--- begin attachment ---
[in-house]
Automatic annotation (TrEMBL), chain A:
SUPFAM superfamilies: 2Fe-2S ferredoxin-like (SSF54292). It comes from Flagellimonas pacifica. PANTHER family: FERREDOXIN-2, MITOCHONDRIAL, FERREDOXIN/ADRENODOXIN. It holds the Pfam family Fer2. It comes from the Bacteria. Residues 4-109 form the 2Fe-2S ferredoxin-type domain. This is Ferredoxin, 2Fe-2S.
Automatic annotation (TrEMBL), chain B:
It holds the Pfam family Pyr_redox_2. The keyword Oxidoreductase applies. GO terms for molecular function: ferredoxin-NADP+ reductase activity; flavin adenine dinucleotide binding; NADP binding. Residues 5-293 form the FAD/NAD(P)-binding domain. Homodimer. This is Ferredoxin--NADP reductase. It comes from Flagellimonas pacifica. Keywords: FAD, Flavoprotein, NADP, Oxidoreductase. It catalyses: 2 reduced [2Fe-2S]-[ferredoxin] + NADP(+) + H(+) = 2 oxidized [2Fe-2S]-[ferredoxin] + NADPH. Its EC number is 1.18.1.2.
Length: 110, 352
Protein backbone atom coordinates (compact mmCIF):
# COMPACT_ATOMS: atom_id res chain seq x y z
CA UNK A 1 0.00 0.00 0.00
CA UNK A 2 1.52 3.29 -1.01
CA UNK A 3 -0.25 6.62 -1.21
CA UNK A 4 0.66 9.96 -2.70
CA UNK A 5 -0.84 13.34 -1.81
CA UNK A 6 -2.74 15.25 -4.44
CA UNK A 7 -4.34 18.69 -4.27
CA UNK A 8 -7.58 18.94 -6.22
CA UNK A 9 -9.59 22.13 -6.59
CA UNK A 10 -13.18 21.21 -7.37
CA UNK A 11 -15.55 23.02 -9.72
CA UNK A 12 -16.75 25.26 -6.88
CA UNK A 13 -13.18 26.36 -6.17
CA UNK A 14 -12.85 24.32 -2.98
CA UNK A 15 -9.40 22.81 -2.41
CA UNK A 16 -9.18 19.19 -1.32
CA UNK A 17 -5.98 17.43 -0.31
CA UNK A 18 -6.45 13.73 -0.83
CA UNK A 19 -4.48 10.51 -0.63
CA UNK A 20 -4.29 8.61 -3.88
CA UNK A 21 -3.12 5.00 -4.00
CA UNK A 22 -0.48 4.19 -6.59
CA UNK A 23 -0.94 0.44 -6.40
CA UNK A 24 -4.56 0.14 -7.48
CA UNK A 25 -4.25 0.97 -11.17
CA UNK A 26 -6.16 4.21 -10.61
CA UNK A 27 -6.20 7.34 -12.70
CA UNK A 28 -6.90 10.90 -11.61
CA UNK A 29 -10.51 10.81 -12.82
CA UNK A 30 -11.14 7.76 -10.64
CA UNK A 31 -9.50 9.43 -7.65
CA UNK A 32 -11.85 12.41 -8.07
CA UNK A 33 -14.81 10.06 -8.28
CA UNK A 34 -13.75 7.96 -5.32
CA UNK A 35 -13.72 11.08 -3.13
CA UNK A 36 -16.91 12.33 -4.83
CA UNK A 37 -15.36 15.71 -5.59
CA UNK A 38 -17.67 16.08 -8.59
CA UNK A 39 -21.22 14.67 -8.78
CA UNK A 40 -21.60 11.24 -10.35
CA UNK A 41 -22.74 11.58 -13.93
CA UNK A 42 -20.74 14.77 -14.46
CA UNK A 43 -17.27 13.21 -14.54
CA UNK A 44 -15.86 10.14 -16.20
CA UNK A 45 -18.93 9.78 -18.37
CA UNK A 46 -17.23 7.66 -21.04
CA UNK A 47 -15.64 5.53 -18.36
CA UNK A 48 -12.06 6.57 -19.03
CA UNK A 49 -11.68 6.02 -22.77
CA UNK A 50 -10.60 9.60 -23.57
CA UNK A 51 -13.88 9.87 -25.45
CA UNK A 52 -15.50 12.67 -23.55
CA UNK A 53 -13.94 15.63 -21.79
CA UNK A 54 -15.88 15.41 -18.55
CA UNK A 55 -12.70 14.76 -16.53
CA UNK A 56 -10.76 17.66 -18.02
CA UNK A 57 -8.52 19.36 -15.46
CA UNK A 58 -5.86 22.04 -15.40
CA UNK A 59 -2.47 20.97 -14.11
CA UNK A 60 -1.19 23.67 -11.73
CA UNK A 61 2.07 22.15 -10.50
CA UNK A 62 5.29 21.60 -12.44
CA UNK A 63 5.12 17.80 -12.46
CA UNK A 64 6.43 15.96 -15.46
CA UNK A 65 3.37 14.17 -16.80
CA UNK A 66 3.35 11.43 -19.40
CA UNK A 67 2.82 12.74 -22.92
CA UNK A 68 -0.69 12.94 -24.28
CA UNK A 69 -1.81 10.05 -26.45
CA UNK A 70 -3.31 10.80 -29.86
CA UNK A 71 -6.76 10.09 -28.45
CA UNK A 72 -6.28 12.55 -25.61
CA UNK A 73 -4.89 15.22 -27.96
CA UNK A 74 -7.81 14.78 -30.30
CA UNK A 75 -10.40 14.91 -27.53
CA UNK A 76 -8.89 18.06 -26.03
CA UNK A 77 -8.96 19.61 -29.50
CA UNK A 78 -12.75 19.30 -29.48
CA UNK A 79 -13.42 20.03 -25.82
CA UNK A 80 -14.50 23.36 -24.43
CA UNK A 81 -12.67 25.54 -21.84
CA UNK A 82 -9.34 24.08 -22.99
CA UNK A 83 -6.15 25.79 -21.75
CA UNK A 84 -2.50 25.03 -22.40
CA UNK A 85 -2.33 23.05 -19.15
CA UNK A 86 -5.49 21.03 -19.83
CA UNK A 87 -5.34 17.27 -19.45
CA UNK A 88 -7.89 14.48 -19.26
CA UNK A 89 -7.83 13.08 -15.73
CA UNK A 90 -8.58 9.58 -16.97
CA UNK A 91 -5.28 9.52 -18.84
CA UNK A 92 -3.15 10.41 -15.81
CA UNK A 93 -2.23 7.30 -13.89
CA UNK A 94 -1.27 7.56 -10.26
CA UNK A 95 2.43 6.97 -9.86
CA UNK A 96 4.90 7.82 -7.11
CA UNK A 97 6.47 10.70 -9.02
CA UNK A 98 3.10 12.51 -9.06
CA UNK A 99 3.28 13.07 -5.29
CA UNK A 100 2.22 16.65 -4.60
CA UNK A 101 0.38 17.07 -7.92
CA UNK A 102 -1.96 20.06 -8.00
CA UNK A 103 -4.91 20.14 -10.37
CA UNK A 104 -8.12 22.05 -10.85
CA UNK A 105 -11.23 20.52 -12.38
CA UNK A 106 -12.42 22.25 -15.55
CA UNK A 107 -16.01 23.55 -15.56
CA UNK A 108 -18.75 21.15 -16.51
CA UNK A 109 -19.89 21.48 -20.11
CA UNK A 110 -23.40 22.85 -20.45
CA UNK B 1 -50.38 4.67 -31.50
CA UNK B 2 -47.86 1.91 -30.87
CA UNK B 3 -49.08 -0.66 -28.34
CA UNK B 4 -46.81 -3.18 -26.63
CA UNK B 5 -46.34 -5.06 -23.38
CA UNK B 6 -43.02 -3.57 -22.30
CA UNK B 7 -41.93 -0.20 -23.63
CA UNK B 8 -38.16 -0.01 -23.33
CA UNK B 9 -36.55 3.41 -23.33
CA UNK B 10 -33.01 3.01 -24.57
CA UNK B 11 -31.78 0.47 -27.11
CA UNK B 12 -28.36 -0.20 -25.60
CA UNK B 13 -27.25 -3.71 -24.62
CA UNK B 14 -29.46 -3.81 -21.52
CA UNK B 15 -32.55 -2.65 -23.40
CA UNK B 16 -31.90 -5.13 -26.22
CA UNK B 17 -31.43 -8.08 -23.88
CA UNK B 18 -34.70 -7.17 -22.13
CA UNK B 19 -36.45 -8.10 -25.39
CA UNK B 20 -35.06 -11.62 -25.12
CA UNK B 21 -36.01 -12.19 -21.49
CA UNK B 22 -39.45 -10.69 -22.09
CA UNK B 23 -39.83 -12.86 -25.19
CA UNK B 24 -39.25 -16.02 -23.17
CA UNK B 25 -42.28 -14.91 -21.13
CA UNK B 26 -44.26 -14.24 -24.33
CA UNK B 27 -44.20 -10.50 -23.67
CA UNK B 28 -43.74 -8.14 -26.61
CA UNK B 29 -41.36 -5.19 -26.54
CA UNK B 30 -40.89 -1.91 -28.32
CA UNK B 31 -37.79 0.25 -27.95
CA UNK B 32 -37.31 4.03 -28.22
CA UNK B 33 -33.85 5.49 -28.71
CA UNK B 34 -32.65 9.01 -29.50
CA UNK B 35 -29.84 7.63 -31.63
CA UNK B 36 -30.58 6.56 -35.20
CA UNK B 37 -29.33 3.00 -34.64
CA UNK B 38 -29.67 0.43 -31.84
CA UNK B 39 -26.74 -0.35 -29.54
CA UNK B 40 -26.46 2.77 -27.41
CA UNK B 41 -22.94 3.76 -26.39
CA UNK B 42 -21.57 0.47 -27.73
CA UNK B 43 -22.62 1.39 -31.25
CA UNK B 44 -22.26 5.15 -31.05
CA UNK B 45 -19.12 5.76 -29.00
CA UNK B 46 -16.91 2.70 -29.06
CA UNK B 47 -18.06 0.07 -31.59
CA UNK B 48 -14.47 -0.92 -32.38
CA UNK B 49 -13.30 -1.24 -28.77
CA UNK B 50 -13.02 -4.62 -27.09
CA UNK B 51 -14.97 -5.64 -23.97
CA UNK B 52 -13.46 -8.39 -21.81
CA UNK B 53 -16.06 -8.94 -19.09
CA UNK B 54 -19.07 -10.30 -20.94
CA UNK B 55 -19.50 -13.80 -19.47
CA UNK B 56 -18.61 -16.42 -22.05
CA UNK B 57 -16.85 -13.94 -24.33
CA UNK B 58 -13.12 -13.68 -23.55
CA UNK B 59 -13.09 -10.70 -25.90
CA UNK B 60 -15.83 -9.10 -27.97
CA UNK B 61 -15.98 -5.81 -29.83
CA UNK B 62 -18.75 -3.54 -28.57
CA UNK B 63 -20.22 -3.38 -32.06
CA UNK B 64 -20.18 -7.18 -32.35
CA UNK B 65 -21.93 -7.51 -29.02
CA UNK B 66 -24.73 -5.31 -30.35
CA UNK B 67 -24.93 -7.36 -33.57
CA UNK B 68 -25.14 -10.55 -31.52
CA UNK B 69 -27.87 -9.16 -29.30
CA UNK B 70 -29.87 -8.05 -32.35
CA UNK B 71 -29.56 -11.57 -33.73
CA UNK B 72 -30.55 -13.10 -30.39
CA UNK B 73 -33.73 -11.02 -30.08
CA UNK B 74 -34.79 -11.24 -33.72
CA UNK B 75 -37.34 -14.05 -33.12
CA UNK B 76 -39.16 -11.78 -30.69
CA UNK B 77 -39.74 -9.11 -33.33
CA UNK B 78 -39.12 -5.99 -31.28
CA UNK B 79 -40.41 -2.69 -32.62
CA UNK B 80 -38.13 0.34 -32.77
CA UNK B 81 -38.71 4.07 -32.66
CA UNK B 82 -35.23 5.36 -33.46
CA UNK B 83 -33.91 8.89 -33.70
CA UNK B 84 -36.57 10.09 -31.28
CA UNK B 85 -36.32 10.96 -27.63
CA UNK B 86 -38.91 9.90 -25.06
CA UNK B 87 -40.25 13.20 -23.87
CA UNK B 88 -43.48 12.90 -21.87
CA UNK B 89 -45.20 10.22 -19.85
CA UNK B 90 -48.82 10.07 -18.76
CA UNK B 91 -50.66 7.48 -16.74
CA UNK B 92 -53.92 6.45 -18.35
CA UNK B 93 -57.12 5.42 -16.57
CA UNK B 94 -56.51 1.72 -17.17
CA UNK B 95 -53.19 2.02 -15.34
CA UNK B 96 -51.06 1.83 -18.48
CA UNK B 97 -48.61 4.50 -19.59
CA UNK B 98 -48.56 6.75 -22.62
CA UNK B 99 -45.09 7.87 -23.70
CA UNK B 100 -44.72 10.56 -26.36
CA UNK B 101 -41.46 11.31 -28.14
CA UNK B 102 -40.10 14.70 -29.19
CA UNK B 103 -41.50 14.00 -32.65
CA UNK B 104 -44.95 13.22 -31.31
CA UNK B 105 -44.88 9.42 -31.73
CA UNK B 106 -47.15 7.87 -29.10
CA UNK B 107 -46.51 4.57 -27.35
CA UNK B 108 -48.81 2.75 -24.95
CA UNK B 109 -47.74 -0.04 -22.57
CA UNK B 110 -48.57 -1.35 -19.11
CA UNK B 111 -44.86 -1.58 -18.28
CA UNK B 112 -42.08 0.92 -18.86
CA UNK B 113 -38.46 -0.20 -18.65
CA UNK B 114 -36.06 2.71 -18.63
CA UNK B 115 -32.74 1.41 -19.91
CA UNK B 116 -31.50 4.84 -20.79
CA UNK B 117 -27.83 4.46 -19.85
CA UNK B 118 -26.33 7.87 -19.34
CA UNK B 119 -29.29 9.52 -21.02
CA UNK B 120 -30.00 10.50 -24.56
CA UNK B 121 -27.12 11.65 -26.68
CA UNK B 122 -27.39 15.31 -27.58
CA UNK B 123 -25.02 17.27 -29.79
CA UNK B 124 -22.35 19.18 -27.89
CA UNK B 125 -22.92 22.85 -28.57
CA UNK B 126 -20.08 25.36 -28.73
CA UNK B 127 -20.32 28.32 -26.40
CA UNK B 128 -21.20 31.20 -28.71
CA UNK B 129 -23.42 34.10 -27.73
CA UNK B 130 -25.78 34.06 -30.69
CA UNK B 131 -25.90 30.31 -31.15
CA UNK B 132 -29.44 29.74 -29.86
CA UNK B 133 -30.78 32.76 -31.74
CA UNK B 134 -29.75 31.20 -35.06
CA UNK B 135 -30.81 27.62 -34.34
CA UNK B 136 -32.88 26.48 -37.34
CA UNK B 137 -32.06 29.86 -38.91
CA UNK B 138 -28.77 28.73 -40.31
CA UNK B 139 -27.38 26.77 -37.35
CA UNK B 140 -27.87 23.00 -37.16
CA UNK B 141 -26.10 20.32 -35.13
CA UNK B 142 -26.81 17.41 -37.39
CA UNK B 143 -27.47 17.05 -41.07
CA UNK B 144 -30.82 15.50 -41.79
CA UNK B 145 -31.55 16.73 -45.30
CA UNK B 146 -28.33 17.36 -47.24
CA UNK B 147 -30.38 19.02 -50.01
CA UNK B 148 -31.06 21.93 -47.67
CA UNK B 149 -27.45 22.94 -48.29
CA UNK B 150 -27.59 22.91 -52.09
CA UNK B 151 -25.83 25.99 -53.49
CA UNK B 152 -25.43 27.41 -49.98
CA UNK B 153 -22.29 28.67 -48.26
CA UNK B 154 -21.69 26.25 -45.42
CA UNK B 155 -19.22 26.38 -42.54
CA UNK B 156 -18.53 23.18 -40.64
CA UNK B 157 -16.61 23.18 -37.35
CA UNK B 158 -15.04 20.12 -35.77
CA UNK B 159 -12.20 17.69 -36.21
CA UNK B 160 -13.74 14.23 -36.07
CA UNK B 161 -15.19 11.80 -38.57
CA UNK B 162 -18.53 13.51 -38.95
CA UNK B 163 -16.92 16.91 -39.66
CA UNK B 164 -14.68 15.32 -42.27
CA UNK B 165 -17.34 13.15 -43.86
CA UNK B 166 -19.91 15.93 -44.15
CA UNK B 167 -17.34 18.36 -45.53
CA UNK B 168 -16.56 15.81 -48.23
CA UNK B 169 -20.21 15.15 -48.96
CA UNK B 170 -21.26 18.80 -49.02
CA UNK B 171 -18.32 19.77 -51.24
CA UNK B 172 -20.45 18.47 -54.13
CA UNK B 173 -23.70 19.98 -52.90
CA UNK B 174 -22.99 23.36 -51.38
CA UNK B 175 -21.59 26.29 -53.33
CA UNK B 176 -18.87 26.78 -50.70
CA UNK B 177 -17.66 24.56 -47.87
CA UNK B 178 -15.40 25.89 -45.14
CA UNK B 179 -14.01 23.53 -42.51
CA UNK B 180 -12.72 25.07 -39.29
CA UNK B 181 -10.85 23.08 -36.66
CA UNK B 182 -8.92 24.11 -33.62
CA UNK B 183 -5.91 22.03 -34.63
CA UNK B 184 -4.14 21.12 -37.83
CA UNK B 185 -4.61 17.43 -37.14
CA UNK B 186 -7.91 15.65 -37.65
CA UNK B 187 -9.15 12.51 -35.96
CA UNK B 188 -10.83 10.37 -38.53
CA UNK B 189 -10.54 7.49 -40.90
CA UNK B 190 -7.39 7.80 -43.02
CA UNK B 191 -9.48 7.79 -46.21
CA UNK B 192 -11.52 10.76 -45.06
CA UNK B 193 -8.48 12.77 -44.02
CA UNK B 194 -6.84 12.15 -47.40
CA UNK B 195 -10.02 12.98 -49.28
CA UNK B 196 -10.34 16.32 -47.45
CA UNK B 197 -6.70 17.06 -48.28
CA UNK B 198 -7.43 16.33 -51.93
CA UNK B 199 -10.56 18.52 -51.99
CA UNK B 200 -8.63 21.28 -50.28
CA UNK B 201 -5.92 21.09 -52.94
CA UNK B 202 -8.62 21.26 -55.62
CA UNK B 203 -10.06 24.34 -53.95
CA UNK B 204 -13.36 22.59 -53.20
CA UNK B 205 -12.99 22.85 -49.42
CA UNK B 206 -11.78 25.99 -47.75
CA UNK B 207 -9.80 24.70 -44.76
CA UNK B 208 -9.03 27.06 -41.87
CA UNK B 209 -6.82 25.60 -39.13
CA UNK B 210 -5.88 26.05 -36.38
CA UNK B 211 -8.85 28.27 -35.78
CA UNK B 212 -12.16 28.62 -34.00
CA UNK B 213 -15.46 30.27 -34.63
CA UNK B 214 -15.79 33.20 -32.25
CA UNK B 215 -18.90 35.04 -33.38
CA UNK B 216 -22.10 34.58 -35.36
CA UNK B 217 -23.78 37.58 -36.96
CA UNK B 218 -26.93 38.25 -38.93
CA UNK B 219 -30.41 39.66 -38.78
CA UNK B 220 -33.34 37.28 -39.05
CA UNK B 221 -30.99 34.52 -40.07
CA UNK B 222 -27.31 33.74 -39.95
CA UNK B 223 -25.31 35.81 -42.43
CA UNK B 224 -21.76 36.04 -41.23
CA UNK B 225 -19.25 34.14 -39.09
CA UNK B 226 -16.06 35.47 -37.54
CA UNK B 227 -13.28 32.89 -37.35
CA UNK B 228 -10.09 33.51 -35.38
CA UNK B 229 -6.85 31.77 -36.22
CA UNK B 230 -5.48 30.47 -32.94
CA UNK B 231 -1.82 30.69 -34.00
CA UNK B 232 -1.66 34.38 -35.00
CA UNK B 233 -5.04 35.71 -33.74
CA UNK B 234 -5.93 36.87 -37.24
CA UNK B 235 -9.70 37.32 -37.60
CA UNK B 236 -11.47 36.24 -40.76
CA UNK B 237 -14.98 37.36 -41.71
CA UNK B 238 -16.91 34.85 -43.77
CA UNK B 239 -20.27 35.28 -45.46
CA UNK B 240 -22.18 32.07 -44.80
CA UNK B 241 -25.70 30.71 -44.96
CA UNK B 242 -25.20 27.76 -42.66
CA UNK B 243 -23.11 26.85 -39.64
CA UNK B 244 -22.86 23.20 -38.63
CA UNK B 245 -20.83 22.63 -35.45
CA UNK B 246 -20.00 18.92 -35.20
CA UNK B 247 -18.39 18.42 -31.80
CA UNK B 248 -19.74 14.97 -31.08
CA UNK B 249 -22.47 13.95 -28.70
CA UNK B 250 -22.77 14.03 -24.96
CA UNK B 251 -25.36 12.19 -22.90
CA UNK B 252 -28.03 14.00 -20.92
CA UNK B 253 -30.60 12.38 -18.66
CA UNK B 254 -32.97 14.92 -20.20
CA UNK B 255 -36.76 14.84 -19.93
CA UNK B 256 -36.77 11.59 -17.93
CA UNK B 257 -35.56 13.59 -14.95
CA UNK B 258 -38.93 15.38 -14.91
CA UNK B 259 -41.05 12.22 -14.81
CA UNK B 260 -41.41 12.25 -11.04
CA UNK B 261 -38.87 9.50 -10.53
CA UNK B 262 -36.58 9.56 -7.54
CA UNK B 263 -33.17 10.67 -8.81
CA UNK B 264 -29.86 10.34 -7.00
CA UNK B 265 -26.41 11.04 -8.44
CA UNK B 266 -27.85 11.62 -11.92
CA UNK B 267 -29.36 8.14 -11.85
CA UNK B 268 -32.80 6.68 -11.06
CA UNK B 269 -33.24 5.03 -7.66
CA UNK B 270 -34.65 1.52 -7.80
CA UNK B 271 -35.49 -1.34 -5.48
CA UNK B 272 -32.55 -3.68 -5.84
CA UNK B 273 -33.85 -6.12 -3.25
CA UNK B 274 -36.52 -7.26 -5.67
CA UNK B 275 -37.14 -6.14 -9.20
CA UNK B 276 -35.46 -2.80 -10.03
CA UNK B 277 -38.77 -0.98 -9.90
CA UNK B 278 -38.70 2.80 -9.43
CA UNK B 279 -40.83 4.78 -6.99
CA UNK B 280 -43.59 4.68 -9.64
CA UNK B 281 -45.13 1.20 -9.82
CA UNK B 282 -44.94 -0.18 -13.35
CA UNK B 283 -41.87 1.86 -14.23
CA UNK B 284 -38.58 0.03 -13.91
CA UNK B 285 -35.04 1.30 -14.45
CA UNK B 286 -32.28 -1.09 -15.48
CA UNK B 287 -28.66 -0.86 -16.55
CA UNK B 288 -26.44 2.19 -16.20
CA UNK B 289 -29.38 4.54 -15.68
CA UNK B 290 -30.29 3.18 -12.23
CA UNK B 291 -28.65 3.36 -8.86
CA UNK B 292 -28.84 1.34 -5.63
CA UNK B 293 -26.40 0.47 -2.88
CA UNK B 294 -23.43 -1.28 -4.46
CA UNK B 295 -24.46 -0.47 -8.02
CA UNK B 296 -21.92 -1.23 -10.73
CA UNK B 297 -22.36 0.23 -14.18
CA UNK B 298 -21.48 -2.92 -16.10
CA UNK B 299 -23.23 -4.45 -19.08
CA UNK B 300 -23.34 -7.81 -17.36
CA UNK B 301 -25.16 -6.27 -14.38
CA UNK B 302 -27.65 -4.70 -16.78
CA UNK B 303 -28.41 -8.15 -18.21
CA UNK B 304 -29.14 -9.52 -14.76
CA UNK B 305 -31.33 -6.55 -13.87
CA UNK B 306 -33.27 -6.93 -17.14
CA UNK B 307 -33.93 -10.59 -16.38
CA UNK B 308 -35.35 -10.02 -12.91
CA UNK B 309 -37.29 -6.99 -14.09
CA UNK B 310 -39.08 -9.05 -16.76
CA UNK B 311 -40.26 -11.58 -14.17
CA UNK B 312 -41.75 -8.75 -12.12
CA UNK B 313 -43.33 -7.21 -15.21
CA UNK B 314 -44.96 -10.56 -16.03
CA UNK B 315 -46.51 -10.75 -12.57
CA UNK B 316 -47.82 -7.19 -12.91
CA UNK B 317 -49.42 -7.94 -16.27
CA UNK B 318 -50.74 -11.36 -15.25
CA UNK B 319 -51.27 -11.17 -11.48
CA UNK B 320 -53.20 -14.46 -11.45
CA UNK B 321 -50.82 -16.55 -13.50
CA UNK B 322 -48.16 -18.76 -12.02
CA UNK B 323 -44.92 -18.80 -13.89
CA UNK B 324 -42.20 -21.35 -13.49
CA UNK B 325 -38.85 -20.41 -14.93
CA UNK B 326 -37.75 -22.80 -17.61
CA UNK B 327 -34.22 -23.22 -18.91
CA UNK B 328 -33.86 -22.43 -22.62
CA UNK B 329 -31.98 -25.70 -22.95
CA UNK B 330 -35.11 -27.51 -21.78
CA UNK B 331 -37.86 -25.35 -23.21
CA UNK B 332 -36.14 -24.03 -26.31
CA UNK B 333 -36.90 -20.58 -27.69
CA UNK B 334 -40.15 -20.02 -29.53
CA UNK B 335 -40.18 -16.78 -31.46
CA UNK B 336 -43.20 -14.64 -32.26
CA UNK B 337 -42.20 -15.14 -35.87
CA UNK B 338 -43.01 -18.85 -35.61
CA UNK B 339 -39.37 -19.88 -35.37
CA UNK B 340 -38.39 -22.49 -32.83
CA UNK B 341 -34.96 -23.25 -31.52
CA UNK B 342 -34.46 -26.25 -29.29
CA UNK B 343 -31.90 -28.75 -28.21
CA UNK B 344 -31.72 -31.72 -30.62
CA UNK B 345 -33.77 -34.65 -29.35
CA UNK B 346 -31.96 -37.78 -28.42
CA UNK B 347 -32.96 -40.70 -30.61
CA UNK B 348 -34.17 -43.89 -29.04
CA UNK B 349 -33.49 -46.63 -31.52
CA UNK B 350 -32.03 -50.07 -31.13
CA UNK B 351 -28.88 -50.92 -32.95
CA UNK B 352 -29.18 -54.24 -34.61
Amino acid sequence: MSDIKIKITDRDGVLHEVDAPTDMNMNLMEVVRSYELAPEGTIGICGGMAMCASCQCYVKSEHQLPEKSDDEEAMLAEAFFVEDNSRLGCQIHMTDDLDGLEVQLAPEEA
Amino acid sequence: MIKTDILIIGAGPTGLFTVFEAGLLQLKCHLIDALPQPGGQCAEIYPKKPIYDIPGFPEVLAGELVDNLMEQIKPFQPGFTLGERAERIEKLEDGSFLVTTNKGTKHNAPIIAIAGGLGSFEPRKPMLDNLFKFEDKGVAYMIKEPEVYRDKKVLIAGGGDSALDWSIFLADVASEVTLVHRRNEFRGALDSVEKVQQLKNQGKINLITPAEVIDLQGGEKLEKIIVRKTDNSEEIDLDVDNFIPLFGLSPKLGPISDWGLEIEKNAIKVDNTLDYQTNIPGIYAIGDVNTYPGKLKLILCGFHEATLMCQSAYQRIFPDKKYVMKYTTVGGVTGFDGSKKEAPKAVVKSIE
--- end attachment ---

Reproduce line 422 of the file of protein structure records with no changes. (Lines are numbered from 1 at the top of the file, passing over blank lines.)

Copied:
CA UNK B 304 -29.14 -9.52 -14.76